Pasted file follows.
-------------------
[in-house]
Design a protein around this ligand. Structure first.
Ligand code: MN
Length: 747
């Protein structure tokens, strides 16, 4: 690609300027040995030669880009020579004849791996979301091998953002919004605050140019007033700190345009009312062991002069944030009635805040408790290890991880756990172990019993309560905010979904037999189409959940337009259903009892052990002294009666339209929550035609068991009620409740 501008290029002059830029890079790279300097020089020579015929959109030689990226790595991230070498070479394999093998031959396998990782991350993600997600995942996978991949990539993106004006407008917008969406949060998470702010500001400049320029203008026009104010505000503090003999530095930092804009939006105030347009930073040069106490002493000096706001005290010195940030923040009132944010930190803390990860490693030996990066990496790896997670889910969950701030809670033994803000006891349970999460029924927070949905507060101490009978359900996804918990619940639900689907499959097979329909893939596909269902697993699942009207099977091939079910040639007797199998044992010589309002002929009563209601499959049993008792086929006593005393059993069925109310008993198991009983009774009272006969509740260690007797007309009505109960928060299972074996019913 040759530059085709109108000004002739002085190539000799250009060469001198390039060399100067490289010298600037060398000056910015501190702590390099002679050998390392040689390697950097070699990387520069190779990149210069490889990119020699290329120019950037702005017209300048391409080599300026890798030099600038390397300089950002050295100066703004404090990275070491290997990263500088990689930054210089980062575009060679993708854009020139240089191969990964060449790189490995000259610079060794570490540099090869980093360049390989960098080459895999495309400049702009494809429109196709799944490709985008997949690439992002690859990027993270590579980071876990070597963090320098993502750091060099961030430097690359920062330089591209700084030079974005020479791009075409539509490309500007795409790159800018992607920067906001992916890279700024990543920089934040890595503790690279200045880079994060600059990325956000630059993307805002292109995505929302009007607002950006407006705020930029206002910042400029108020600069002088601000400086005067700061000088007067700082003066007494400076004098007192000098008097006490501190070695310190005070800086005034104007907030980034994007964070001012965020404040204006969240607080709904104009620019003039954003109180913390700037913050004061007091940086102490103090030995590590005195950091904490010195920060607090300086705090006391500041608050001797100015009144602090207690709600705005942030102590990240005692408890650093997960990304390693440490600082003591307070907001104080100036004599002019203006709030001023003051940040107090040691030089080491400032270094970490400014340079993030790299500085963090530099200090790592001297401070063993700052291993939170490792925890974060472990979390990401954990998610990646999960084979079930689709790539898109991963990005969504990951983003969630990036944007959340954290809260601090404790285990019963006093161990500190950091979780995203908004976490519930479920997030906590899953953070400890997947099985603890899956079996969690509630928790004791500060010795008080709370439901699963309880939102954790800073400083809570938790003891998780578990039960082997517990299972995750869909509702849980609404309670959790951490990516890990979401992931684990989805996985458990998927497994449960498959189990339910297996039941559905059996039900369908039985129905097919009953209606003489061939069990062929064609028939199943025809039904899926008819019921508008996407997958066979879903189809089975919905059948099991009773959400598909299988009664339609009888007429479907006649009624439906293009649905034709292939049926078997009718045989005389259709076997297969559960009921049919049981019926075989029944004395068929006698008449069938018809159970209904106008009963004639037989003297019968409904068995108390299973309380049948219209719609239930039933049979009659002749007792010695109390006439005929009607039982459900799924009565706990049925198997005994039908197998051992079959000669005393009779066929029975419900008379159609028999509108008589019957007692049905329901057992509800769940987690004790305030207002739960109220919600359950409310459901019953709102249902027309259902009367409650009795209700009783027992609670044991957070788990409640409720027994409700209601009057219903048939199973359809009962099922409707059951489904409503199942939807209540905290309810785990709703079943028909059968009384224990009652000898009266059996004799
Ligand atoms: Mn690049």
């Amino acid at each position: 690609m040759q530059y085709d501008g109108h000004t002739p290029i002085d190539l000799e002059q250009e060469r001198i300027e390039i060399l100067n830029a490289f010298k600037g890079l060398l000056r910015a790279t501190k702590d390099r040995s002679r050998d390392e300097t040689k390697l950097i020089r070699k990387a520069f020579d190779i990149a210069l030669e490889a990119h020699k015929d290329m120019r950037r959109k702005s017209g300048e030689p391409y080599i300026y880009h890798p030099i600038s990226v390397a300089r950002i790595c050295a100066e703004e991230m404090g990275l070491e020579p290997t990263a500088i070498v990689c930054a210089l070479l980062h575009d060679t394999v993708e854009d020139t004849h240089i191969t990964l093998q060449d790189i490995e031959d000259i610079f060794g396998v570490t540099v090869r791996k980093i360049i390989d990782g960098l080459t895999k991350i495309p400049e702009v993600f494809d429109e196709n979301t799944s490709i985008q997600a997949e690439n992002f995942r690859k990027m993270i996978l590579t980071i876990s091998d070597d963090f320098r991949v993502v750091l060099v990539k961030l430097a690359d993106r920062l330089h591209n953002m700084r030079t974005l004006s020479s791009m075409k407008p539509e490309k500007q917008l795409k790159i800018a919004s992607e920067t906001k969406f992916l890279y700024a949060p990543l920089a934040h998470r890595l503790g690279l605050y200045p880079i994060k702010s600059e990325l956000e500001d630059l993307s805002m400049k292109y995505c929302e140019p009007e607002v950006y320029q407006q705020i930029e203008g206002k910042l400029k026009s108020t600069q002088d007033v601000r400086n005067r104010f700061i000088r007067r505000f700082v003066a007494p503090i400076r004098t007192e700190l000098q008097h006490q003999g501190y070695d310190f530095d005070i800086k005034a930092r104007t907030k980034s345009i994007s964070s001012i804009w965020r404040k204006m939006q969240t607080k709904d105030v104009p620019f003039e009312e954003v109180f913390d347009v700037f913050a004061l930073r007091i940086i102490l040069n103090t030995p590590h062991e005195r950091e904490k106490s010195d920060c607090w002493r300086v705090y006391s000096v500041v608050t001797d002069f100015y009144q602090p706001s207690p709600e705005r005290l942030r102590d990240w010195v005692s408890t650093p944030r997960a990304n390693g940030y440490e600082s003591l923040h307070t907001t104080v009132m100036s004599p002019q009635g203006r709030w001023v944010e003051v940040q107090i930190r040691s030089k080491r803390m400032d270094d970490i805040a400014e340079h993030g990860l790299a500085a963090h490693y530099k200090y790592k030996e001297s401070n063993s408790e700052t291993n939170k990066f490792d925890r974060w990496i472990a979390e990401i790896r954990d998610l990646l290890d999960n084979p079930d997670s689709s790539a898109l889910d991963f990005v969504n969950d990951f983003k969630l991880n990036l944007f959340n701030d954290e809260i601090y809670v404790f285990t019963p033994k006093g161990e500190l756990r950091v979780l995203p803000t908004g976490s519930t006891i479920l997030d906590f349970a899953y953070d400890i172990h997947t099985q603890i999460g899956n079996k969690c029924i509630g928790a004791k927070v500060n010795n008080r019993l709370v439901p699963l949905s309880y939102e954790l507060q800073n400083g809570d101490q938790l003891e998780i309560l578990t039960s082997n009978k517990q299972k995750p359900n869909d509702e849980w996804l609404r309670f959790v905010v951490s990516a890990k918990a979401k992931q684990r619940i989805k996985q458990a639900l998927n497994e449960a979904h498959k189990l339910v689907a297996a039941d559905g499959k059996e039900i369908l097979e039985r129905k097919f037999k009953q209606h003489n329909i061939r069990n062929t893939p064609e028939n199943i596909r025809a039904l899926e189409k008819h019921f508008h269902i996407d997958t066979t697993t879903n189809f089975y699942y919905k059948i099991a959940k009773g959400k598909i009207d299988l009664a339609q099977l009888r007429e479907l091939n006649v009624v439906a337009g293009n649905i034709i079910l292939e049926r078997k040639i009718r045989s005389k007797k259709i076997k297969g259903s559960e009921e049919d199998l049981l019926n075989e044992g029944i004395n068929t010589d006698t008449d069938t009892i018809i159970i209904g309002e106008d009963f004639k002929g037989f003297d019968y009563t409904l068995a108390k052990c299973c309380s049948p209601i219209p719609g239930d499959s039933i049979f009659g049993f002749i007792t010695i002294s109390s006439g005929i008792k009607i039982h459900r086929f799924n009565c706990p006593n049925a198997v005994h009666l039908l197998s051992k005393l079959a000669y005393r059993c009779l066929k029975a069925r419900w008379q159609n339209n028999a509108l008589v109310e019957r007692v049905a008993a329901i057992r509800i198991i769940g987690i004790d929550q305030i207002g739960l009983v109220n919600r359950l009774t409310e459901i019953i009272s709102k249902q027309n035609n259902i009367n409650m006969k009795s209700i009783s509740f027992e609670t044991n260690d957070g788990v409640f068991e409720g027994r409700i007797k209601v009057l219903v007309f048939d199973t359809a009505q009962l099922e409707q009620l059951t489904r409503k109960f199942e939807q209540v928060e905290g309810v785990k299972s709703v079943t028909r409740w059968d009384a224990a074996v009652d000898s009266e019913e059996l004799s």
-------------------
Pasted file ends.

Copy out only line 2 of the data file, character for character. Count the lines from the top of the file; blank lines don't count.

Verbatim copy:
Design a protein around this ligand. Structure first.